Japan's Nikkei led the rally in Asian stocks on Thursday on the yen's weakness as positive bank lending data out of China added to overall investor optimism.
Tokyo's Nikkei 225 closed 1.96 percent higher, as autos and electronic companies continued to benefit from a weak domestic currency.
Chinese banks extended 1.06 trillion yuan ($171.2 billion) of new local currency loans in March, above market expectations for 850 billion yuan, Reuters reported.
Seoul's Kospi ended a volatile trading day 0.73 percent up amid disappointment over a central bank decision on Thursday. A rate cut had been anticipated, but the Bank of Korea surprised investors by holding rates steady at 2.75 percent.
(Read More: Bank of Korea Surprises With No Interest Rate Cut)
"While we continue to see the need for the BOK to cut rates, today's [Thursday's] decision shows its strong reluctance to accommodate the changing economic environment. We now expect the BOK to continue to hold through the rest of 2013 with an easing bias, while the first rate hike will occur in Q1 2014," said Raymond Yeung, senior economist at ANZ.
Meanwhile Sydney's S&P ASX 200 recouped some of the previous day's losses and finished the day 0.79 percent higher as financial stocks led gains.
Asia markets got a strong lead from Wall Street on Wednesday. The Dow Jones Industrial Average climbed 0.8 percent to 14,802, a fresh all-time high, the S&P 500 jumped 1.2 percent to 1,587, breaking above its previous all-time high set in October 2007. The Nasdaq gained 1.83 percent, finishing at a 12-year high.
Hong Kong Gainers
Rises in diaper producer HengAn International and food and beverage firm Tingyi of around 3 percent led gains on the Hang Seng.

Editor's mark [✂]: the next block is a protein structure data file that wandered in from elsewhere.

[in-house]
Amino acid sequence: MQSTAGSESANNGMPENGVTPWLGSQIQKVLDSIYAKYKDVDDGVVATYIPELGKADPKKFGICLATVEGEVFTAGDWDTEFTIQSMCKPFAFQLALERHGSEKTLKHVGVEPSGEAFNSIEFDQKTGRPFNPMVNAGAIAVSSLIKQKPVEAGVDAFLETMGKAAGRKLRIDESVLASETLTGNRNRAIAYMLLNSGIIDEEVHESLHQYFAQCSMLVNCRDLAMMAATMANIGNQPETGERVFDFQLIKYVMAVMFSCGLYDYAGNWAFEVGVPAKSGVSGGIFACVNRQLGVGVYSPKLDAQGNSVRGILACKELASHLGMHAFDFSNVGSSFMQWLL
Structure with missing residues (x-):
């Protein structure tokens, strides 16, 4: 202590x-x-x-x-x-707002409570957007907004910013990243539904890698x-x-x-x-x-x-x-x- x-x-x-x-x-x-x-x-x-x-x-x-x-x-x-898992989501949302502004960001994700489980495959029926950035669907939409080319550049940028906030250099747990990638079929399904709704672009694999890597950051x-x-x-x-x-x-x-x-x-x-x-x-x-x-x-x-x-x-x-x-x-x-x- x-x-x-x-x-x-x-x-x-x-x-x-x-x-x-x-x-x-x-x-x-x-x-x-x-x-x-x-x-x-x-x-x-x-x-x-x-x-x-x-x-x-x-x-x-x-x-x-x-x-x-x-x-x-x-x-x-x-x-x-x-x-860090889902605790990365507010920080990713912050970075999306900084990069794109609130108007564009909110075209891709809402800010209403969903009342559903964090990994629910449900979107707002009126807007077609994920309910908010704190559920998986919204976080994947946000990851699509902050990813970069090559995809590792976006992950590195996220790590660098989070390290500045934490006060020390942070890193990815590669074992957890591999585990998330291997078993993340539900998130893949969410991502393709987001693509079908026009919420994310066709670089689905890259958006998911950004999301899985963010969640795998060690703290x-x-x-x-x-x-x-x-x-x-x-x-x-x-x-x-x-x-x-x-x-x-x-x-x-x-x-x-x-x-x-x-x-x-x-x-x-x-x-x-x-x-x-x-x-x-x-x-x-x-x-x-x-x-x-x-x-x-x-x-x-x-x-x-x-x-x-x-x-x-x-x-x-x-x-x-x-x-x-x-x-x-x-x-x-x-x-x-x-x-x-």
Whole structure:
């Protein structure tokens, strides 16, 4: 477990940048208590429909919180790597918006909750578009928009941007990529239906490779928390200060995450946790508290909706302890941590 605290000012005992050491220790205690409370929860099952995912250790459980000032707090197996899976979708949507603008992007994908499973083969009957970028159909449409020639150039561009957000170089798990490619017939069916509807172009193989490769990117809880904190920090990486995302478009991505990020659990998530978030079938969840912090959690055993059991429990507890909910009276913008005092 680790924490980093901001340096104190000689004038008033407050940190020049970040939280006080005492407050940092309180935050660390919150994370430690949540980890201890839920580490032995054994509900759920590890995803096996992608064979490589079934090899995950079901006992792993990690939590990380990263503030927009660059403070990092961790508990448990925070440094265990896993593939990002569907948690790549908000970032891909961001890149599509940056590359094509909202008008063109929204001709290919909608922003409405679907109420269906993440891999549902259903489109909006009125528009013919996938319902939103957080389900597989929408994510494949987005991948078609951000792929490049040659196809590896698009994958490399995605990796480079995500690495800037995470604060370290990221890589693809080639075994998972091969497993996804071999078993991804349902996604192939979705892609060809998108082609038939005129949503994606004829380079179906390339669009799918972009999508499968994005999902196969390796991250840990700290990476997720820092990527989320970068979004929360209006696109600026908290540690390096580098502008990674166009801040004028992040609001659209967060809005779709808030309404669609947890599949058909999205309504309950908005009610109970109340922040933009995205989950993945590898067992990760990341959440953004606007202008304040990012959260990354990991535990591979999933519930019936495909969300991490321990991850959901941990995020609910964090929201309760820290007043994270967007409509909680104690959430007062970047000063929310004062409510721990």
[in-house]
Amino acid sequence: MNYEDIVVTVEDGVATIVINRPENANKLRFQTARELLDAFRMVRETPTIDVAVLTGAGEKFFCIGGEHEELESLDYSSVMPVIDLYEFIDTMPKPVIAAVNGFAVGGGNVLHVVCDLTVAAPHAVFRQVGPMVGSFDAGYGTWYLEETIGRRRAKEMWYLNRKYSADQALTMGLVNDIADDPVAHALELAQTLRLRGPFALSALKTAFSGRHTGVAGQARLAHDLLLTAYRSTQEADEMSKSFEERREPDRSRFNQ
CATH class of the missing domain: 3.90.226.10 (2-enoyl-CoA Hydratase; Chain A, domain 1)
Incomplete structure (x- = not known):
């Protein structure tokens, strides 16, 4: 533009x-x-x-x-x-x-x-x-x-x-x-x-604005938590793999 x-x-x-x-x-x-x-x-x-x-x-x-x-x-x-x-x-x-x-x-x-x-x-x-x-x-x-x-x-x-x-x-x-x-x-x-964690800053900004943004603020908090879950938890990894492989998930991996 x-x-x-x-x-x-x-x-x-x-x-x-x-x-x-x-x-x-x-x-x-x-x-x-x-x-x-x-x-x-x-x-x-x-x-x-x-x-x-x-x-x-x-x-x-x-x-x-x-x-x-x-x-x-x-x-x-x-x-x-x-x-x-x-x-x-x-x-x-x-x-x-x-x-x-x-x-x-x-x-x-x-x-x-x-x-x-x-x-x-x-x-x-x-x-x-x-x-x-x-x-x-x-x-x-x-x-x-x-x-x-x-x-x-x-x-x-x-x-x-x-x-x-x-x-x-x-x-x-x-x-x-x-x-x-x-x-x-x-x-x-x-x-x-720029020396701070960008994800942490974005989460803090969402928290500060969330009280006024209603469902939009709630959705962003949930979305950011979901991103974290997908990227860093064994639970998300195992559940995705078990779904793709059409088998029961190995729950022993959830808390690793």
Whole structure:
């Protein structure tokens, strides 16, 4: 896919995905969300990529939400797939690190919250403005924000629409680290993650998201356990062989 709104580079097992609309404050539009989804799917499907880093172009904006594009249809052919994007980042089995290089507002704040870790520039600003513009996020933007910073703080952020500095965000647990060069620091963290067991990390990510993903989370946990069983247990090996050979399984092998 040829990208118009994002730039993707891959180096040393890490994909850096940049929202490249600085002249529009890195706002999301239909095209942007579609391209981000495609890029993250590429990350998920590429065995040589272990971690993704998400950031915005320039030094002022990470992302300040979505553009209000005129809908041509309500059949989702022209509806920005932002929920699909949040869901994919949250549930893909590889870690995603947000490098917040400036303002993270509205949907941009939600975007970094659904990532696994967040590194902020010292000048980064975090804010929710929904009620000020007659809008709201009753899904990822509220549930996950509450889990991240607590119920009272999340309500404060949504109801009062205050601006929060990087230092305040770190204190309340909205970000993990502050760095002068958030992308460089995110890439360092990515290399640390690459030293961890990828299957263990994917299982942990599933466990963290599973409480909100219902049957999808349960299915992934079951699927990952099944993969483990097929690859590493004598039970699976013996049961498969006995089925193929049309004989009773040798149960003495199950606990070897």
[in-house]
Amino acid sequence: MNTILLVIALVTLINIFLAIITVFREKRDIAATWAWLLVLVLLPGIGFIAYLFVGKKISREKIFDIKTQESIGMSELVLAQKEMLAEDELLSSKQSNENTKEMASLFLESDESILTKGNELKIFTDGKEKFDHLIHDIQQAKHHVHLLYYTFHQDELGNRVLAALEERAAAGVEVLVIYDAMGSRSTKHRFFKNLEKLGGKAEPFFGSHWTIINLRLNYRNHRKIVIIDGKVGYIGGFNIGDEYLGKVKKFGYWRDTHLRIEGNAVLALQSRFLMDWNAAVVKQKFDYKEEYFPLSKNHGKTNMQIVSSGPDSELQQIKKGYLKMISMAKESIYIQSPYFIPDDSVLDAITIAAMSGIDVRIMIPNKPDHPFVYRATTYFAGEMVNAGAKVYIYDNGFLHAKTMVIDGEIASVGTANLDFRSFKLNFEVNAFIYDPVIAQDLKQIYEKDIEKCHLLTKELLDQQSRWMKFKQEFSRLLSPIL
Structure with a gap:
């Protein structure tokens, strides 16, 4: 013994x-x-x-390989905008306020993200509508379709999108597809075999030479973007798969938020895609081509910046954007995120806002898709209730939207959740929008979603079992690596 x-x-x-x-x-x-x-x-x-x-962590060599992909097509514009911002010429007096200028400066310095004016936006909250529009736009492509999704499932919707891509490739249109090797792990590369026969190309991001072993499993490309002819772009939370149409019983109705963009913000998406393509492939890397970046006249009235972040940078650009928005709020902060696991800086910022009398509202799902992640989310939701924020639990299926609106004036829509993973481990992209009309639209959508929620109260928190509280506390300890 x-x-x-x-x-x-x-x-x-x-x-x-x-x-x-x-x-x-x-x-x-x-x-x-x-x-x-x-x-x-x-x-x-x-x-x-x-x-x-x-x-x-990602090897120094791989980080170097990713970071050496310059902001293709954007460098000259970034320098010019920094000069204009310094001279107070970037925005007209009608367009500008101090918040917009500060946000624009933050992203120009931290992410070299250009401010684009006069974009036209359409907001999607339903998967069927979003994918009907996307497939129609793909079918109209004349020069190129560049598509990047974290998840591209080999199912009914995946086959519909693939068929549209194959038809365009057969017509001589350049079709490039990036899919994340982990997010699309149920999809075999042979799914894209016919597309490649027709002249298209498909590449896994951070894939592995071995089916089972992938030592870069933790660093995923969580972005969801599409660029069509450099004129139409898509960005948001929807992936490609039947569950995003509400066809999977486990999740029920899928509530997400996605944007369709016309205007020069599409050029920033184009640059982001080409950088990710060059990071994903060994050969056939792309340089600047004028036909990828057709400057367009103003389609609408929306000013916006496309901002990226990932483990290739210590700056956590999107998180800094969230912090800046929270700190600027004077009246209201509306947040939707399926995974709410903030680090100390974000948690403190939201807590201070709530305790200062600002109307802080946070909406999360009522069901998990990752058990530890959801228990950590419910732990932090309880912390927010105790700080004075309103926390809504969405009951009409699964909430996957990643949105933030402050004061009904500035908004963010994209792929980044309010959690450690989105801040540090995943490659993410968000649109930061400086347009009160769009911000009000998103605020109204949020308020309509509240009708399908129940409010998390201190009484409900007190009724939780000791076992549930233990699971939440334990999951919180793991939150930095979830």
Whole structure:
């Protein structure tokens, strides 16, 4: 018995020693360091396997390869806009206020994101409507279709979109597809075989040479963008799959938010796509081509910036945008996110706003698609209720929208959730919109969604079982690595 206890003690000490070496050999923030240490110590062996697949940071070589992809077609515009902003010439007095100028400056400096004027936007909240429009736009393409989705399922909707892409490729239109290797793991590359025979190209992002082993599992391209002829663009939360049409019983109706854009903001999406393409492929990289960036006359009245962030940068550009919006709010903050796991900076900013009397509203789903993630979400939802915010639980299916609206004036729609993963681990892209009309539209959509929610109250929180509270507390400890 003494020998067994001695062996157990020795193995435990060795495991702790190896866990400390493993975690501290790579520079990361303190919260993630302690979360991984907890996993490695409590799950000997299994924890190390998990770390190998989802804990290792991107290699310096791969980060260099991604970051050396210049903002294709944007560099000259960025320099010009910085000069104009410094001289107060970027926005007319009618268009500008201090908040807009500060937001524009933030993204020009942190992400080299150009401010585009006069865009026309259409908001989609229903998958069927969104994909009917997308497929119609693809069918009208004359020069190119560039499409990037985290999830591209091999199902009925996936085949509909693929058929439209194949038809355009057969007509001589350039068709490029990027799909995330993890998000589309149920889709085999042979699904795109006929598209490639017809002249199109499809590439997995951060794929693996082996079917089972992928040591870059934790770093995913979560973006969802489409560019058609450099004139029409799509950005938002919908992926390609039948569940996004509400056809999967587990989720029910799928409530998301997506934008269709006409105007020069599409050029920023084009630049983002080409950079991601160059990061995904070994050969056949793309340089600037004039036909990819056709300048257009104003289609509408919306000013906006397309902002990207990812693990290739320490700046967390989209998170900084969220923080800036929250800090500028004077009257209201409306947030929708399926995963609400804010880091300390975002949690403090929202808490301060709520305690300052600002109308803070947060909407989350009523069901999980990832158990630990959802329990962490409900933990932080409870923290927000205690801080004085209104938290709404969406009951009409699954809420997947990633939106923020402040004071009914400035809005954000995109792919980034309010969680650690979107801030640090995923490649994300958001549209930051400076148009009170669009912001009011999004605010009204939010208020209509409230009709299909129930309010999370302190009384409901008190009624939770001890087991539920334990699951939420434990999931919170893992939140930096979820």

Japanese markets were also boosted by better-than-expected machinery orders for February, which are viewed as a gauge of the economy's manufacturing sector. Machinery orders were up 7.5 percent month on month, above the expected 6.8 percent, according to Reuters. Meanwhile, the Topix index ended the day 2.34 percent higher.
Autos continued to drive gains, as the sector stands to benefit from a weaker domestic currency. Toyota, Nissan and Mazda gained 5.8 percent, 4.4 percent and 3.9 percent, respectively on Thursday. Electronics were also strong, with Sharp gaining near 8 percent.
The yen continued to flirt with the psychologically important level of 100 against the U.S. dollar. It traded at 99.73 on Thursday, levels not seen since April 2009.
"The recent weakness in the Japanese yen is only half way through and we have subsequently revised our year-end USD/JPY forecast to 110 for the end of 2013 and 120 for the end of 2014," said William Dong, head of Taiwan equity research at UBS.
(Read More: Nikkei Erupts and This Time It May Be Different)
Rises in financial stocks led gains on the Australian benchmark index, combined with the strong lead from Wall Street. Westpac and ANZ bank both rose 1.9 percent and 1.6 percent respectively.
However, gold miners provided downward pressure with Kingsgate and OceanaGold both down around 7 percent and Resolute Mining down near 8 percent.
Employment data for March provided a disappointment for investors. The unemployment rate rose from 5.4 percent to 5.6 percent, while the number of people employed fell 36,100, compared to an expected 10,000 fall.
Investors appeared to brush off concerns over the threat from North Korea, set to be high on the agenda of the G-8 two-day meet which began on Wednesday in London.
Steep rises in IT stocks helped the country's benchmark index recover losses earlier in the day. Samyung Holdings and Tongyang Network both climbed nearly 15 percent.
Meanwhile, the biggest losers were energy firm Daelim Industrial, which fell over 9 percent and construction firm Hyundai Engineering & Construction, which lost just over 5 percent.